Black Eyed Susan

Black Eyed Susan has vibrant yellow petals and dark, contrasting centers and is a popular and delightful addition to any landscaping project. This native North American wildflower offers a host of pleasing attributes that make it a sought-after choice for gardens and outdoor spaces. From its adaptability to its visual appeal and ecological benefits, it stands out as a versatile and attractive plant. Black Eyed Susan (Rudbeckia hirta) is a type of long-flowering Rudbeckia in the aster family Asteraceae. It's also called "brown Betty," and "gloriosa daisy." This upright, fast-growing plant is native to eastern and central North America, with angustifolia, Florida, hirta, and pulcherrima varieties growing in separate regions of the continental United States. Their yellow and gold blossoms tend to bloom from June until after the first frost. Black-eyed Susan Is A Great Border Plant If you're looking for a flower that's versatile enough to grow well in everything from containers to flower beds to more naturalistic landscapes, they are the perfect choice. Their bright, cheery, and prolific blooms are attractive in garden borders, butterfly and wildflower gardens, and meadow plantings. They also make beautiful cut flowers with a vase life of up to ten days. Size, Shape, and Color Of Black Eyed Susan Most Black Eyed Susan grow 1'–3¼' tall and 1'–1½' wide. Their long, bristly leaves grow near the base of the plant, while their daisy-like flowers rise high above the foliage. Each 2"–4" wide blossom features eight to thirty yellow-gold florets that radiate from a dark brown, black, or greenish-colored cone-shaped seed dome. Attract Pollinators With Black Eyed Susan From TN Nursery To attract pollinators like butterflies and bees throughout the summer, be sure to include it in your landscaping plan. These flowers are also loved by mosquito-eating dragonflies and birds. Pollinators enjoy the flowers' nectar as they move from plant to plant, causing them to grow seeds that birds eat in winter. When left alone, their seed pods usually dry out and disperse nearby, which may open areas and roadsides with new flowers the following year. Some varieties will start to flower the same year, in June, while others bloom later. Removing faded flowers, also called "deadheading," can prolong the blooming season. However you select and maintain your plants, you're sure to love the way they brighten your garden.

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Red Osier Dogwood - TN Nursery

Red Osier Dogwood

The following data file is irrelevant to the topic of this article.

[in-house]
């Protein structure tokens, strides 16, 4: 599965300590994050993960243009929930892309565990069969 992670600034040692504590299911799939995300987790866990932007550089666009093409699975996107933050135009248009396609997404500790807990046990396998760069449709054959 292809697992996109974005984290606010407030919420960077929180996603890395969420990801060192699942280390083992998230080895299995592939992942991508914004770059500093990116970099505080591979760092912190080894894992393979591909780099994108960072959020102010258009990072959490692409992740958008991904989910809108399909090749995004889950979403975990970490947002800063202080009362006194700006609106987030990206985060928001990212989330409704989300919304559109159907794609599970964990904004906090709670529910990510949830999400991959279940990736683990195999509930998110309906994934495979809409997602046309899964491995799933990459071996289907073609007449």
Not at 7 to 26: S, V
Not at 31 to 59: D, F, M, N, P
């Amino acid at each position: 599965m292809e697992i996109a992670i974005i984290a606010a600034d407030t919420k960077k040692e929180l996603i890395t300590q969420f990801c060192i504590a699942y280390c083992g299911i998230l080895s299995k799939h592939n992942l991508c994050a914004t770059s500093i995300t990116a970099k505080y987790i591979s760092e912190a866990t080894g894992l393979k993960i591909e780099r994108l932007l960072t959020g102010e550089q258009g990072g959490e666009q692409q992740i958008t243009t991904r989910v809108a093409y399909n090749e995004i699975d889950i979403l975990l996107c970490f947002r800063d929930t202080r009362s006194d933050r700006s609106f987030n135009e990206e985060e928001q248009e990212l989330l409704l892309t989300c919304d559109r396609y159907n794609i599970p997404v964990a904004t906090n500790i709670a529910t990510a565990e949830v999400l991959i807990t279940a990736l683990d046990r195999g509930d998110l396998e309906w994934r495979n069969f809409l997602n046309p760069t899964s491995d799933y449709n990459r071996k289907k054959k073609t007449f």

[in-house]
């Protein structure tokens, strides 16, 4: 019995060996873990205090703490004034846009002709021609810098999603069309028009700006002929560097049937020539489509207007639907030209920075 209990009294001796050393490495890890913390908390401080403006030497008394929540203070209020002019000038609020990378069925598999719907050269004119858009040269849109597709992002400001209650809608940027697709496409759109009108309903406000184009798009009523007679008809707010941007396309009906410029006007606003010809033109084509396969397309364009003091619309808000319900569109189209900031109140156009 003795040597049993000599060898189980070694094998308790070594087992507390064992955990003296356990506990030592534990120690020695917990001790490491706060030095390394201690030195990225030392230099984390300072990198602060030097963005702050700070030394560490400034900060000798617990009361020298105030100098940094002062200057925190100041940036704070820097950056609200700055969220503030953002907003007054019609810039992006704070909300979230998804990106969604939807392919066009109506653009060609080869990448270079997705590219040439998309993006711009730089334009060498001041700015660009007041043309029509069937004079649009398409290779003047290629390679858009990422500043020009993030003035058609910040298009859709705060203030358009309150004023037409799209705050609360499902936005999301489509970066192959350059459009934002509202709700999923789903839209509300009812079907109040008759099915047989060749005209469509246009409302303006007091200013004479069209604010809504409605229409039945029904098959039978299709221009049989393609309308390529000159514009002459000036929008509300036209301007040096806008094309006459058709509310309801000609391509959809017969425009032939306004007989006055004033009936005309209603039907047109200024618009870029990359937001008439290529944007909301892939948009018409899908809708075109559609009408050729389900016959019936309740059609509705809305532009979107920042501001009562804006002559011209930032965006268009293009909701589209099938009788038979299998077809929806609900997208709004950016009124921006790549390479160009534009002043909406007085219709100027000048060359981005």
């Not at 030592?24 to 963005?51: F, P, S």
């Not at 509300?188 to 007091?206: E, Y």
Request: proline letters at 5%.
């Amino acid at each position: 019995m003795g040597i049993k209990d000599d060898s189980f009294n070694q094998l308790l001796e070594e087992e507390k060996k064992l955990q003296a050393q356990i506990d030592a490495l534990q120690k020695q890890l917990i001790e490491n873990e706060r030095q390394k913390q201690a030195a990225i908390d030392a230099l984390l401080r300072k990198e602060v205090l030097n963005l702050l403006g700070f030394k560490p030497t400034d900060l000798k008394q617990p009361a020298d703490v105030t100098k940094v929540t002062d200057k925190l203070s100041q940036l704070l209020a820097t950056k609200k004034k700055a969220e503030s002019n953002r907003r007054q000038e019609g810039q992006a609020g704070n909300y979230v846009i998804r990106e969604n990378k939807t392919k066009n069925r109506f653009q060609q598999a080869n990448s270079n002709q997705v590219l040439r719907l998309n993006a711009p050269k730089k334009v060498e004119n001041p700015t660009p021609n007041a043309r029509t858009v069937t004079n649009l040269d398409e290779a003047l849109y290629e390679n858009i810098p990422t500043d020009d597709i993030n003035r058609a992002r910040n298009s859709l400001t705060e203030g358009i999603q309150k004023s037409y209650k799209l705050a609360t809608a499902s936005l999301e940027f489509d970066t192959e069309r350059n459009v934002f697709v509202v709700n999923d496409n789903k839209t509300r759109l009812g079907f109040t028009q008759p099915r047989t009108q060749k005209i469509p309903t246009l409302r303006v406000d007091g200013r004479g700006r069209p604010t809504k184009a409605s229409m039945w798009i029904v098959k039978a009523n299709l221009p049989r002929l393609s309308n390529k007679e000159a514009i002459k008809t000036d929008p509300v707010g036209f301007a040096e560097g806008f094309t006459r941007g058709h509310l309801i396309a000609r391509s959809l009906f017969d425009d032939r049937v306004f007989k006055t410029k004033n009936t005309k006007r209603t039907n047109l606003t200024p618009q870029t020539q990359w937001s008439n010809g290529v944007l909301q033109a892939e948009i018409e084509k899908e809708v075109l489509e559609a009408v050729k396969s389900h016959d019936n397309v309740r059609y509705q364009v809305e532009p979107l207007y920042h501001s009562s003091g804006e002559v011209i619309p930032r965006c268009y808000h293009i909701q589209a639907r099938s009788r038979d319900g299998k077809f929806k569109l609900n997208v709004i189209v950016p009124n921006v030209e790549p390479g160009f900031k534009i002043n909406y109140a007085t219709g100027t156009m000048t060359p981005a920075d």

One of the benefits of Red Osier Dogwood is its stems. These brilliant red branches stand out against the white backdrop of snow, creating a visually appealing contrast that adds interest to the landscape. Additionally, the shrub's deciduous foliage turns a rich burgundy in the fall, contributing to the seasonal variety and enhancing the overall appeal of the landscape. Red osier dogwood, sometimes called red twig rather than osier, is a deciduous shrub that stands out for its distinct coloring, prominent size, and much more. If you're looking to vary the look of your space and incorporate something different that stands out among some of your other plants, this is a beautiful choice. Here's how this shrub can elevate your garden to the next level. Red Osier Dogwood Adds Color Throughout the Year It is a uniquely colorful shrub with something to offer your garden throughout the year. In the early summer, small bunches of white flowers bloom and add a touch of delicate beauty to your space. After blooming, this shrub produces white berries and leaves that start to turn with the seasons. When everything falls off the shrub, it reveals the vibrant crimson branches underneath, providing color throughout the year. Red Osier Dogwood Attracts Rare Wildlife and Pollinators  Both the flowers and the berries of this shrub serve as food sources for butterfly larvae, songbirds, and bees. Not only will these be a joy to see flittering and floating about your garden, but they also pollinate the flowers of this shrub and surrounding plants. There are some areas of our yard where we need help growing most plants. But is that an issue with this shrub? It actually loves moisture, making it more well-suited for areas of your property where other things may not take. Better yet, it proliferates and is relatively hardy. These shrubs can reach a towering six to nine feet tall and wide, so they'll make themselves known once they've established themselves in your yard. Red Osier Dogwood Helps With Soil Erosion Red Osier Dogwood spreads fast, which can be beneficial if you're growing it in areas where the spreading root systems can take hold and reduce the soil erosion your space would otherwise encounter. If you're tired of looking at roots, these shrubs may also reduce the amount of weed growth in the area. It's a bonus as you see beautiful shrubs yearly and benefit from weedless, healthy soil.